Just hours after protesters chained themselves to Oakland Police Headquarters in one of the demonstrations that have dominated the San Francisco Bay Area since Nov. 24, California Gov. Jerry Brown insisted on having a different conversation.
“I’m here to talk about climate change,” Brown repeatedly told reporters Monday outside of an environmental forum where he was speaking in Oakland, dodging questions about the region’s massive response to the killings of unarmed black men at the hands of police and to the grand jury decisions not to indict officers in the deaths of Michael Brown in Ferguson, Missouri, and Eric Garner in New York City, according to footage from the Sacramento Bee.
"Our office is, of course, keeping a close eye on these events and we’ll keep you posted," Evan Westrup, Brown's communications director, told HuffPost.
The fourth-term governor and former Oakland mayor has yet to comment publicly on the protests in Oakland and Berkeley, which have developed into an epicenter of the #BlackLivesMatter movement. Hundreds of protesters have been arrested, and demonstrations have shut down major freeways and blocked trains. Police have fired tear gas at crowds and have reportedly assaulted journalists. Protesters and police officers have been injured.
Barbara O’Connor, director of the Institute for the Study of Politics and Media at California State University, Sacramento, told The Huffington Post that she thinks Brown's aversion is “a conscious choice” he probably would not have made two years ago, when he was less focused on specific goals.
“I just don’t think it’s on his radar, and part of that is that he has bigger fish to fry at the moment,” O'Connor said. “He already announced he has four big issues he wants to get resolved that will require partisan support, and I don’t think he’s into wasting that capital […] No matter what you do, when you take a stand, you will annoy some of your allies, and he is much more disciplined now.”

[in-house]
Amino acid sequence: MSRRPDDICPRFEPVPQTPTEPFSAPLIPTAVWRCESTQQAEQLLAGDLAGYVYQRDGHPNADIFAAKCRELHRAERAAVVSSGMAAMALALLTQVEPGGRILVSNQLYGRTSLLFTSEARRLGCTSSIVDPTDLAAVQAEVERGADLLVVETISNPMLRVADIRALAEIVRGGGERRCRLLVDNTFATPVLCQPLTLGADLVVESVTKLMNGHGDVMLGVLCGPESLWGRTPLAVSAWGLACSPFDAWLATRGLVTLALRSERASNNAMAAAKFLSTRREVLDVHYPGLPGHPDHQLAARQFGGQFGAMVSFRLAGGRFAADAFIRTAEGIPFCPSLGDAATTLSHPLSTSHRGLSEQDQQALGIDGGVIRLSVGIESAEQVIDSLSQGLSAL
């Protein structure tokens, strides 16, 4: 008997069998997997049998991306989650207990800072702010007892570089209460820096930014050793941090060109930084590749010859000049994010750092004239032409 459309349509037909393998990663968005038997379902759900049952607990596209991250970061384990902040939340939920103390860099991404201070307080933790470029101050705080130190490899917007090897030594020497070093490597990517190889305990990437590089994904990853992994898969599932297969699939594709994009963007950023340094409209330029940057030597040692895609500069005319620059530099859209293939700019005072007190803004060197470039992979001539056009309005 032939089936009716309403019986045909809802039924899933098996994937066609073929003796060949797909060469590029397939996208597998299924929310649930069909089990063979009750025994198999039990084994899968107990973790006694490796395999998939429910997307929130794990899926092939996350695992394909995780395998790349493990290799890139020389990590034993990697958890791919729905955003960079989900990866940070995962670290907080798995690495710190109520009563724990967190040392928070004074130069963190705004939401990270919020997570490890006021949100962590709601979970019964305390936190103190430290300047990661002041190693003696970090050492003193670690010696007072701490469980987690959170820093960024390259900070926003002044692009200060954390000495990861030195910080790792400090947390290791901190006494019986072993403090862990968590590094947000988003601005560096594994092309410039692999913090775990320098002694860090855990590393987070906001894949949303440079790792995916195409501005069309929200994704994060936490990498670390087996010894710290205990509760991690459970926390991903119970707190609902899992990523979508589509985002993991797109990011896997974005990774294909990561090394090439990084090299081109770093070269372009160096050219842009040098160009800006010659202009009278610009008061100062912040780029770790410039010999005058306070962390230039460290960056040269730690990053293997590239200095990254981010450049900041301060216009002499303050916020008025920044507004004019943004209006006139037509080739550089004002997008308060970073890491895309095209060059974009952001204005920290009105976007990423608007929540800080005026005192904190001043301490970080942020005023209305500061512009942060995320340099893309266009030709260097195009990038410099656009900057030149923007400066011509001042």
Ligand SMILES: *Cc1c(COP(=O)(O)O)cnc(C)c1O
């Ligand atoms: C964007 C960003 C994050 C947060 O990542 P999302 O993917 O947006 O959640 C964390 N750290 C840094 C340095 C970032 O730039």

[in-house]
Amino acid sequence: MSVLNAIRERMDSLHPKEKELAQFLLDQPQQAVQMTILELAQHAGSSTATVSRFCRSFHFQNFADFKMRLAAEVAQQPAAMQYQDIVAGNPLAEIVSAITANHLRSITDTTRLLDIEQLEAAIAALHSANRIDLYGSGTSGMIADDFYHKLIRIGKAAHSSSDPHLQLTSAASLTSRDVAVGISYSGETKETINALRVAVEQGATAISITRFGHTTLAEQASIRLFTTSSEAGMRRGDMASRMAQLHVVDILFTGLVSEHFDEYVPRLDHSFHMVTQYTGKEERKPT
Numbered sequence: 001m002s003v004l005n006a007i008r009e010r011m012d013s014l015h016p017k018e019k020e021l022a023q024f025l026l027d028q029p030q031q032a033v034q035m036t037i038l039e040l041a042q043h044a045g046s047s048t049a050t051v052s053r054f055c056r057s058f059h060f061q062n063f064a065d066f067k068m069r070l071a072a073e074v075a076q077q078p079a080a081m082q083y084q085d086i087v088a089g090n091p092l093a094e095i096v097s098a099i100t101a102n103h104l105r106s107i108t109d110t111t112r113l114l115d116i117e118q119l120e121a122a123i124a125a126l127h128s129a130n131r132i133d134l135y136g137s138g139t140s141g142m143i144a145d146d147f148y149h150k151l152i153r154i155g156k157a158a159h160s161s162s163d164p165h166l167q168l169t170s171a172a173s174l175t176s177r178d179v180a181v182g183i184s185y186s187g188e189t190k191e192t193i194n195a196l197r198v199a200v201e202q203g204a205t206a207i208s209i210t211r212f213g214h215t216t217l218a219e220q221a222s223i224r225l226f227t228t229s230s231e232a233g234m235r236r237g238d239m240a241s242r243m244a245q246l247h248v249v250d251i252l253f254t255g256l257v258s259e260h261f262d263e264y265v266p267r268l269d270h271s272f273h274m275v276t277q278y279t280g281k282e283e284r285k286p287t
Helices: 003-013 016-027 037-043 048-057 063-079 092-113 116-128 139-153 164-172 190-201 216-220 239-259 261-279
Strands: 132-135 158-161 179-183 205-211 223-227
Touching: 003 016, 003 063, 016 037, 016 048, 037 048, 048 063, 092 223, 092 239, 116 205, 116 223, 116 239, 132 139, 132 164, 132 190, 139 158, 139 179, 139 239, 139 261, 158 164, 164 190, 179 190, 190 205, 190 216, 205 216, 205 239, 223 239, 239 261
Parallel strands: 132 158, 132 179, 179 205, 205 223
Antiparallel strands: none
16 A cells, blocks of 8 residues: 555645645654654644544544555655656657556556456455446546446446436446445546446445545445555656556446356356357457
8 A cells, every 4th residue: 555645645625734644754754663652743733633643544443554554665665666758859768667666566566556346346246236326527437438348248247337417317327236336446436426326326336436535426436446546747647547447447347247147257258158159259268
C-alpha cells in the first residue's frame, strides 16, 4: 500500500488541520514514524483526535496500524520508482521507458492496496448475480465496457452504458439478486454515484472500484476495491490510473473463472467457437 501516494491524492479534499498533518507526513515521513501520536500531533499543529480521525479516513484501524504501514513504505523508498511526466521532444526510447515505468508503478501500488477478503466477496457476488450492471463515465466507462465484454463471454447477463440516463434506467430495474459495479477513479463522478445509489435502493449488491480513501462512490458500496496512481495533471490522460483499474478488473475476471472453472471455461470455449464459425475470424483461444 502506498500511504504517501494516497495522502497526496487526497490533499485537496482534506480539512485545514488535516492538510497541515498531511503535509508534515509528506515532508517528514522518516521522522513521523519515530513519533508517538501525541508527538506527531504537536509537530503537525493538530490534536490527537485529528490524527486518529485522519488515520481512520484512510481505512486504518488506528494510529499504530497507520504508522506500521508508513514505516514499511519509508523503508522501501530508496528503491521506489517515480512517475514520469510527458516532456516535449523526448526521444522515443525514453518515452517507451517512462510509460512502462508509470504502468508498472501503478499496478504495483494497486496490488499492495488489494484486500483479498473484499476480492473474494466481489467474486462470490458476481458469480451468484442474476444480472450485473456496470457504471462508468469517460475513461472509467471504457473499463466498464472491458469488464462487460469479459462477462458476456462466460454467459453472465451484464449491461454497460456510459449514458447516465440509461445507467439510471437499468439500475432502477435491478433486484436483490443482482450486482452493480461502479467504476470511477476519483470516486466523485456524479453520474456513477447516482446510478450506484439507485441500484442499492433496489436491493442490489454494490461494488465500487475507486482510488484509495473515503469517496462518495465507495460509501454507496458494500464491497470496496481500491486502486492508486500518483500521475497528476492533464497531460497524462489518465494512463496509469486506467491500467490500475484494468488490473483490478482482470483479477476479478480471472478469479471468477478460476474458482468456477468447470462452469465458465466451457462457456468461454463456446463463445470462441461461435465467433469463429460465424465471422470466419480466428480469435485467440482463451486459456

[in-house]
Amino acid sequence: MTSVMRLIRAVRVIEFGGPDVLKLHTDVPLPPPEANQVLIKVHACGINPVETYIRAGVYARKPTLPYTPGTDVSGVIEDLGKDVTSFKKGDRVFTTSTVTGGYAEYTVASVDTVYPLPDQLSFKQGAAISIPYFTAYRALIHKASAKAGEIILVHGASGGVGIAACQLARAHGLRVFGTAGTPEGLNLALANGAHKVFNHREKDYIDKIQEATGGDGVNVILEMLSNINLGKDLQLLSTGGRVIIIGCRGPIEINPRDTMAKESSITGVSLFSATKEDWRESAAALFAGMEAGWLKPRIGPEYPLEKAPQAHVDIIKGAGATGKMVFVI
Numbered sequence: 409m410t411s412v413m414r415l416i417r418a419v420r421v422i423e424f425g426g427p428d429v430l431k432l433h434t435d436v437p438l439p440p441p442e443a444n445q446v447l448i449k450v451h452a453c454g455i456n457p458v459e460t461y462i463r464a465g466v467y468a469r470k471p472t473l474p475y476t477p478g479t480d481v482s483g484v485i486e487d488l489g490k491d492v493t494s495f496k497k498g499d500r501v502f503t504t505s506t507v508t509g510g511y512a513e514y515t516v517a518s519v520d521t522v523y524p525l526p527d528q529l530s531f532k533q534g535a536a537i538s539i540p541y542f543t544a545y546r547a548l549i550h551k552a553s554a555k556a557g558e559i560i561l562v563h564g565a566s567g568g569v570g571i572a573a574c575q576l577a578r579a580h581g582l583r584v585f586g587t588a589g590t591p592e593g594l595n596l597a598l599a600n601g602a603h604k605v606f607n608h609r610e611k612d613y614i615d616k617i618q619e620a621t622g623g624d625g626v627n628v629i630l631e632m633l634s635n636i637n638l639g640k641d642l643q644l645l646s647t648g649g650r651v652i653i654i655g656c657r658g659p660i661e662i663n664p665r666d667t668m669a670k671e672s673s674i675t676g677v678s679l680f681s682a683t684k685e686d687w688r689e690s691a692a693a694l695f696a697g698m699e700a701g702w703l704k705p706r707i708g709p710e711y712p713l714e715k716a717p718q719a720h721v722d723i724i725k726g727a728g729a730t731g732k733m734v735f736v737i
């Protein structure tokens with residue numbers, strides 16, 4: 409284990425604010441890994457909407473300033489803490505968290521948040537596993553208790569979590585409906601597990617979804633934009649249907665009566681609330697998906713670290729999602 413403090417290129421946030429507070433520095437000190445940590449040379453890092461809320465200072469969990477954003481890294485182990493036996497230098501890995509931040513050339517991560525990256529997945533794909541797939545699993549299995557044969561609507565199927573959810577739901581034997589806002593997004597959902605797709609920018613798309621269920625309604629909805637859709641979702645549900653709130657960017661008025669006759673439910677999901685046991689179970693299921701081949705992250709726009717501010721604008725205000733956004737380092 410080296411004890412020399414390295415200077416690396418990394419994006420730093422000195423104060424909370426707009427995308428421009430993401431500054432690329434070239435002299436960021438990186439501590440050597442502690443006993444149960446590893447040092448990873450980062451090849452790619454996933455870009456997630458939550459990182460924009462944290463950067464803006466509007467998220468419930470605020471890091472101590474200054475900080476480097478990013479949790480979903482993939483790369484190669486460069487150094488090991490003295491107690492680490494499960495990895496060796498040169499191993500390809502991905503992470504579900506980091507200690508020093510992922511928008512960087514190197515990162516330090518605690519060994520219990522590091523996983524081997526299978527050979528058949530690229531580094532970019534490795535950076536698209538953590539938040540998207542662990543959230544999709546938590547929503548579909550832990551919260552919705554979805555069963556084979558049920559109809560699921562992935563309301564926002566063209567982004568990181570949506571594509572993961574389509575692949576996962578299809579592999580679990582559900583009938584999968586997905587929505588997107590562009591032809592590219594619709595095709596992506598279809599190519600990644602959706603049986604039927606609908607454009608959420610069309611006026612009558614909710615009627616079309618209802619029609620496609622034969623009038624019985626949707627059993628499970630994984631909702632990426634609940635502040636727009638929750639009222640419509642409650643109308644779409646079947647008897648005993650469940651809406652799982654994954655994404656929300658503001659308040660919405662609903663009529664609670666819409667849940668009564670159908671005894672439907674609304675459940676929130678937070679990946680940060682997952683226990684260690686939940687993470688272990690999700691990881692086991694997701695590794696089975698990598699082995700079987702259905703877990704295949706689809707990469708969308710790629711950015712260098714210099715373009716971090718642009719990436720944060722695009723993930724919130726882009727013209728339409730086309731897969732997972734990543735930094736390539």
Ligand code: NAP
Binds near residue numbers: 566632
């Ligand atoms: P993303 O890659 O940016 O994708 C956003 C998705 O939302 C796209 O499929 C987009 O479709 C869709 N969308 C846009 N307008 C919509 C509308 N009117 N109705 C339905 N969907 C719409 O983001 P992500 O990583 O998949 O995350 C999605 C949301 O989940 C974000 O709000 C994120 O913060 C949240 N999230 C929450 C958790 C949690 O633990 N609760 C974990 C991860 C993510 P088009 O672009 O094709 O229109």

But silence from Oakland’s hometown hero stands out, as other public figures acknowledge the protests.
Berkeley Mayor Tom Bates, Oakland Mayor Jean Quan and San Francisco Mayor Ed Leehave spoken out against the handful of violent protesters for obscuring an important, peaceful message, while Bates has questioned the Berkeley Police Department’s use of tear gas.
O’Connor told HuffPost she doesn’t expect Brown to speak out unless the protests escalate.
“If it gets worse and he has to call out the National Guard and federal intervention, he may change his mind,” she said.
Protests have dominated Berkeley and Oakland, cities with a rich history of civil rights protests, since a grand jury decided on Nov. 24 not to indict the officer responsible for fatally shooting Michael Brown and grew when a grand jury came to the same decision for the officer who killed Eric Garner using an illegal chokehold. Michael Brown’s father, Michael Brown Sr., traveled to the Bay Area this week to address students at San Francisco’s Mission High School and Third Baptist Church.
This article has been updated to include a comment from Brown's spokesman.